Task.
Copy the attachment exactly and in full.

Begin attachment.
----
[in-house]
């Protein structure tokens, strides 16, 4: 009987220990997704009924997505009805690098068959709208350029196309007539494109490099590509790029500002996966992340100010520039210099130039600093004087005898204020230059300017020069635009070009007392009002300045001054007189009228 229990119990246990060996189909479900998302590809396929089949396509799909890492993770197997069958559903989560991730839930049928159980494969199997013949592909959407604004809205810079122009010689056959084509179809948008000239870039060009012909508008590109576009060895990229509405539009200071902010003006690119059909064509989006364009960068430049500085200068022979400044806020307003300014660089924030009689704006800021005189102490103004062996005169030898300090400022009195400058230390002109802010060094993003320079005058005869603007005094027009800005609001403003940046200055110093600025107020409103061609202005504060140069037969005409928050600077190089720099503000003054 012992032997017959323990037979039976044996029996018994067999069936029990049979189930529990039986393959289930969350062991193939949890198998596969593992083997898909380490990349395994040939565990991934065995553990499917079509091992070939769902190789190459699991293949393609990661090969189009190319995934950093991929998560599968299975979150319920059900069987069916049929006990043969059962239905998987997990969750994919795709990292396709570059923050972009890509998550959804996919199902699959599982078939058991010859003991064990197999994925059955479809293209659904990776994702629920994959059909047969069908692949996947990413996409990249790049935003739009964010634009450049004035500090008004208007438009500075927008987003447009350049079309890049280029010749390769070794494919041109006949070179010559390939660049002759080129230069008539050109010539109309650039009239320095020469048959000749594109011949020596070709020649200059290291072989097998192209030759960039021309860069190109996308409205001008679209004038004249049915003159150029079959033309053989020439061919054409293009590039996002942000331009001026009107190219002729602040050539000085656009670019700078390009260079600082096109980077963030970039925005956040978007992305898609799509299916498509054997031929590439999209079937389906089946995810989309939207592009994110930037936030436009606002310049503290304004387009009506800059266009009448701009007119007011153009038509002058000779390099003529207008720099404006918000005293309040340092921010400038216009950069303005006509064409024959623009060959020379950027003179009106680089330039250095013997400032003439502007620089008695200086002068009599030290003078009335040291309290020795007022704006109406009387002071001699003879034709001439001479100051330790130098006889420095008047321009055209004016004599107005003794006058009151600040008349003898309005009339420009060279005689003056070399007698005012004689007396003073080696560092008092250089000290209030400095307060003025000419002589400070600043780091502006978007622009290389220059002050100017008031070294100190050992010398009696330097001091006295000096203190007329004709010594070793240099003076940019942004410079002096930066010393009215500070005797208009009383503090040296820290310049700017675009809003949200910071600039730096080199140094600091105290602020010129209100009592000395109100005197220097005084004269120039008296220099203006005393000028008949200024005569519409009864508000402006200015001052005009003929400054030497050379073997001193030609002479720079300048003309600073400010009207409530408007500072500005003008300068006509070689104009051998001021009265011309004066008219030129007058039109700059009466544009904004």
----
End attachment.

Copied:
[in-house]
């Protein structure tokens, strides 16, 4: 009987220990997704009924997505009805690098068959709208350029196309007539494109490099590509790029500002996966992340100010520039210099130039600093004087005898204020230059300017020069635009070009007392009002300045001054007189009228 229990119990246990060996189909479900998302590809396929089949396509799909890492993770197997069958559903989560991730839930049928159980494969199997013949592909959407604004809205810079122009010689056959084509179809948008000239870039060009012909508008590109576009060895990229509405539009200071902010003006690119059909064509989006364009960068430049500085200068022979400044806020307003300014660089924030009689704006800021005189102490103004062996005169030898300090400022009195400058230390002109802010060094993003320079005058005869603007005094027009800005609001403003940046200055110093600025107020409103061609202005504060140069037969005409928050600077190089720099503000003054 012992032997017959323990037979039976044996029996018994067999069936029990049979189930529990039986393959289930969350062991193939949890198998596969593992083997898909380490990349395994040939565990991934065995553990499917079509091992070939769902190789190459699991293949393609990661090969189009190319995934950093991929998560599968299975979150319920059900069987069916049929006990043969059962239905998987997990969750994919795709990292396709570059923050972009890509998550959804996919199902699959599982078939058991010859003991064990197999994925059955479809293209659904990776994702629920994959059909047969069908692949996947990413996409990249790049935003739009964010634009450049004035500090008004208007438009500075927008987003447009350049079309890049280029010749390769070794494919041109006949070179010559390939660049002759080129230069008539050109010539109309650039009239320095020469048959000749594109011949020596070709020649200059290291072989097998192209030759960039021309860069190109996308409205001008679209004038004249049915003159150029079959033309053989020439061919054409293009590039996002942000331009001026009107190219002729602040050539000085656009670019700078390009260079600082096109980077963030970039925005956040978007992305898609799509299916498509054997031929590439999209079937389906089946995810989309939207592009994110930037936030436009606002310049503290304004387009009506800059266009009448701009007119007011153009038509002058000779390099003529207008720099404006918000005293309040340092921010400038216009950069303005006509064409024959623009060959020379950027003179009106680089330039250095013997400032003439502007620089008695200086002068009599030290003078009335040291309290020795007022704006109406009387002071001699003879034709001439001479100051330790130098006889420095008047321009055209004016004599107005003794006058009151600040008349003898309005009339420009060279005689003056070399007698005012004689007396003073080696560092008092250089000290209030400095307060003025000419002589400070600043780091502006978007622009290389220059002050100017008031070294100190050992010398009696330097001091006295000096203190007329004709010594070793240099003076940019942004410079002096930066010393009215500070005797208009009383503090040296820290310049700017675009809003949200910071600039730096080199140094600091105290602020010129209100009592000395109100005197220097005084004269120039008296220099203006005393000028008949200024005569519409009864508000402006200015001052005009003929400054030497050379073997001193030609002479720079300048003309600073400010009207409530408007500072500005003008300068006509070689104009051998001021009265011309004066008219030129007058039109700059009466544009904004």